Stacy Horn

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Stacy Horn
Born (1956-06-03) June 3, 1956 (age 63)
Norfolk, Virginia
Alma materTufts University
New York University
OccupationAuthor, journalist

Stacy Horn (born June 3, 1956 in Norfolk, Virginia) is an American author, businesswoman and occasional journalist.[1] She grew up on Long Island, New York and received a B.F.A. from Tufts University and the School of the Museum of Fine Arts. She received a graduate degree from New York University's Interactive Telecommunications Program.[2]

In 1990, after working as a telecommunications analyst for Mobil Corporation, Horn founded Echo, a New York-based bulletin board system.[2]


Stacy Horn founded EchoNYC, a New York City Internet salon, in 1990, whose members are called Echoids.[2][3][4] The WELL, one of the oldest virtual communities in continuous operation, was an influence. Horn later decided that Echo stood for "East Coast Hang Out".[1]

Horn saw the Echo bulletin board system as a place where conversation could revolve around literature, film, culture, and sex, rather than the more pervasive topics of computer technology at the time.[5] Originally run out of Horn's apartment in Greenwich Village in her spare time, Echo rapidly expanded its membership, and eventually consumed every free phone line in her Greenwich Village neighborhood, requiring New York Telephone to run a separate cable to Horn's apartment.[6] In 1990, Echo became a company with a core group of members chosen by Horn for their "strong on-line personalities", who were responsible for creating enticing discussions to attract users.[7]


Her first book, Cyberville: Clicks, Culture and the Creation of an Online Town (Warner Books, 1998), describes the community that formed on Echo, the problems Horn encountered as Echo's final authority, and her observations about the nature of the virtual world. Through the 90s, she was often profiled and quoted in articles about life and business on the internet. Her book is still used in courses on the sociology of virtual communities.[8]

The publication of her second book, Waiting For My Cats to Die: A Morbid Memoir (St. Martin's Press, 2001), a memoir about her midlife crisis, revealing an unusual fascination with death, coincided with a series of commentaries for the NPR's All Things Considered on the same subject.

Her third book, The Restless Sleep: Inside New York City's Cold Case Squad (Viking, 2005), recounts the stories of four of New York's cold cases and profiles the detectives who investigate them.

Her fourth book, Unbelievable: Investigations into Ghosts, Poltergeists, Telepathy, and Other Unseen Phenomena, from the Duke Parapsychology Laboratory, was published in 2009.

Her fifth book is about singing. It is titled Imperfect Harmony: Finding Happiness Singing With Others, and it was published by Algonquin Books in 2013.[2] Her next book, titled Damnation Island: Poor, Sick, Mad, and Criminal in 19th-Century New York, is about Blackwell's Island and was also published by Algonquin Books in May, 2018.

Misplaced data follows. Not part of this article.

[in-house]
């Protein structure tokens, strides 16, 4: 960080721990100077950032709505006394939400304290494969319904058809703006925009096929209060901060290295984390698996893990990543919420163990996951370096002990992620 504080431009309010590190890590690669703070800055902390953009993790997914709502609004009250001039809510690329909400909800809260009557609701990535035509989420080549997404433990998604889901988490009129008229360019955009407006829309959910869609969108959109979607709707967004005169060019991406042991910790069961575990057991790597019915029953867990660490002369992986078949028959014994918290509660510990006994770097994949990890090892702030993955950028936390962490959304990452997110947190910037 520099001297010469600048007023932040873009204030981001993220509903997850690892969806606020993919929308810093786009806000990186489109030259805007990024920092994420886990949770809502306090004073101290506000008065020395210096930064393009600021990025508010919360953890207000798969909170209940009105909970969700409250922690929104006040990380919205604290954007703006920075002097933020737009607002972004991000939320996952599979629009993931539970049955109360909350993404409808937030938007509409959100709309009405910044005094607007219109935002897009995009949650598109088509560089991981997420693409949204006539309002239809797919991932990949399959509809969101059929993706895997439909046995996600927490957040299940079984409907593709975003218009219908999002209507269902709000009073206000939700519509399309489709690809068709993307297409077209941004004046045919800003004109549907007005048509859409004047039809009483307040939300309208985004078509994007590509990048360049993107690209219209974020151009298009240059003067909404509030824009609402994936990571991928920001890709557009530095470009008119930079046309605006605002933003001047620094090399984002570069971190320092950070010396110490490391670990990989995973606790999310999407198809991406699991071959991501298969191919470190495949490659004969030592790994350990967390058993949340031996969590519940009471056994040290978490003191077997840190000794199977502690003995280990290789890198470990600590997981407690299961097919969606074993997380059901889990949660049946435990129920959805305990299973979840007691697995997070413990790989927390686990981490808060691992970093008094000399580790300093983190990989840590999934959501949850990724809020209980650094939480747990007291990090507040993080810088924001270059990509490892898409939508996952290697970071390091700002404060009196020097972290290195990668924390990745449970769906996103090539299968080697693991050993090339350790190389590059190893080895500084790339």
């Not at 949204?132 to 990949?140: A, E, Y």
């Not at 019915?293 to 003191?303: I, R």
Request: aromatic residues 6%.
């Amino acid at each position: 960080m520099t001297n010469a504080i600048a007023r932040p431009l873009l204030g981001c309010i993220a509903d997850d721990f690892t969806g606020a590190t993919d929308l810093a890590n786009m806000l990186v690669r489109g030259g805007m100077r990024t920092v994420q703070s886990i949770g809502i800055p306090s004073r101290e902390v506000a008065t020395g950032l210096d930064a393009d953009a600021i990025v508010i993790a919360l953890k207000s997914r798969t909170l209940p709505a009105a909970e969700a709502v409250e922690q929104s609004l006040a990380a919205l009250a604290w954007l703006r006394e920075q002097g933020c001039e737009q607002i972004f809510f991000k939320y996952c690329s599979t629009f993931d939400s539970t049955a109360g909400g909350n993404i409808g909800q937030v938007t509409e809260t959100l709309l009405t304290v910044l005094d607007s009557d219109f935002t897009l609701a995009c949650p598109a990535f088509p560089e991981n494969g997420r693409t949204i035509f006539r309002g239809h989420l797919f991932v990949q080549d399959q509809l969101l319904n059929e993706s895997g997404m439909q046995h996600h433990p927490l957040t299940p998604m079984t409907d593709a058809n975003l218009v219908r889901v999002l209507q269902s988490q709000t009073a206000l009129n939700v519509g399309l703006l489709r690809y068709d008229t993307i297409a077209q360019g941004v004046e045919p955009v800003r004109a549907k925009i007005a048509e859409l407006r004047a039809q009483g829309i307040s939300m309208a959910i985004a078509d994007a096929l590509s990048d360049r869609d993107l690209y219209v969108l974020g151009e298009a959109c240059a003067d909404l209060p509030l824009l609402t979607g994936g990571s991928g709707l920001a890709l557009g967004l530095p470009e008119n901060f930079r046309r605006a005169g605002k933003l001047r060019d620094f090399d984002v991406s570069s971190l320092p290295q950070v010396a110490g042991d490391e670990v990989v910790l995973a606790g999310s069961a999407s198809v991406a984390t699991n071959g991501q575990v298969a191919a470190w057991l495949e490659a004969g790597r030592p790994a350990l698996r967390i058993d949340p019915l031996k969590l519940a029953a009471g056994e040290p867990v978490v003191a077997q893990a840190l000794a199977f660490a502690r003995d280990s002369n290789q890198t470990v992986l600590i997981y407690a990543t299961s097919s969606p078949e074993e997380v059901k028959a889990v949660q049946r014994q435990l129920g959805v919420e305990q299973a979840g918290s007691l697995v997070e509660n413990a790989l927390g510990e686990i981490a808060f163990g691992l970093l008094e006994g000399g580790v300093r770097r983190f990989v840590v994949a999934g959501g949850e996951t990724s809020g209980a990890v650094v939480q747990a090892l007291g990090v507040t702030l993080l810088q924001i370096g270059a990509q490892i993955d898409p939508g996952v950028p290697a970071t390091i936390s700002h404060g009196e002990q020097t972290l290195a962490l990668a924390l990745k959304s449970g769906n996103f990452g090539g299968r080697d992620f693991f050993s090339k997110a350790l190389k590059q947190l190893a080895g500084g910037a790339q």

Selected bibliography[edit]

  • — (January 1998). Cyberville: Clicks, Culture, and the Creation of an Online Town. New York: Warner Books. ISBN 978-0-446-51909-0.
  • — (2001). Waiting for My Cats to Die: A Morbid Memoir. New York: St. Martin's Press.
  • — (2005). The Restless Sleep: Inside New York City's Cold Case Squad. New York: Viking.
  • — (2009). Unbelievable: Investigations into Ghosts, Poltergeists, Telepathy, and Other Unseen Phenomena from the Duke Parapsychology Laboratory. New York: Ecco.
  • — (2013). Imperfect Harmony: Finding Happiness Singing With Others. New York: Algonquin Books.
  • — (2018). Damnation Island: : Poor, Sick, Mad, and Criminal in 19th-Century New York. New York: Algonquin Books.


  1. ^ a b John Markoff (1994-03-27). "Sound Bytes; An Electronic Salon, in N.Y." The New York Times.
  2. ^ a b c d "Stacy Horn » About". Retrieved 28 April 2011.
  3. ^ Kenneth Li (1998-03-08). "The Net's Horn of Plenty". Daily News. Retrieved 2008-07-14.
  4. ^ Harold Goldberg (1998-02-15). "Echoids". The New York Times.
  5. ^ Karen Uhlenhuth (1995-11-02). "Not for women only: But they are the target audience of the Echo computer on-line service". The Kansas City Star.
  6. ^ Thomas A. Stewart (1993-09-27). "BOOM TIME ON THE NEW FRONTIER". Fortune.
  7. ^ Trish Hall (1990-01-28). "Coming to the East Coast: An Electronic Salon". The New York Times. Retrieved 2008-07-15.
  8. ^ [1] Design of Online Communities, Georgia Tech College of Computing, [2] Human-Centered Computing, UC Berkeley, [3] Cybersocieties: Understanding Technology as Global Change.

External links[edit]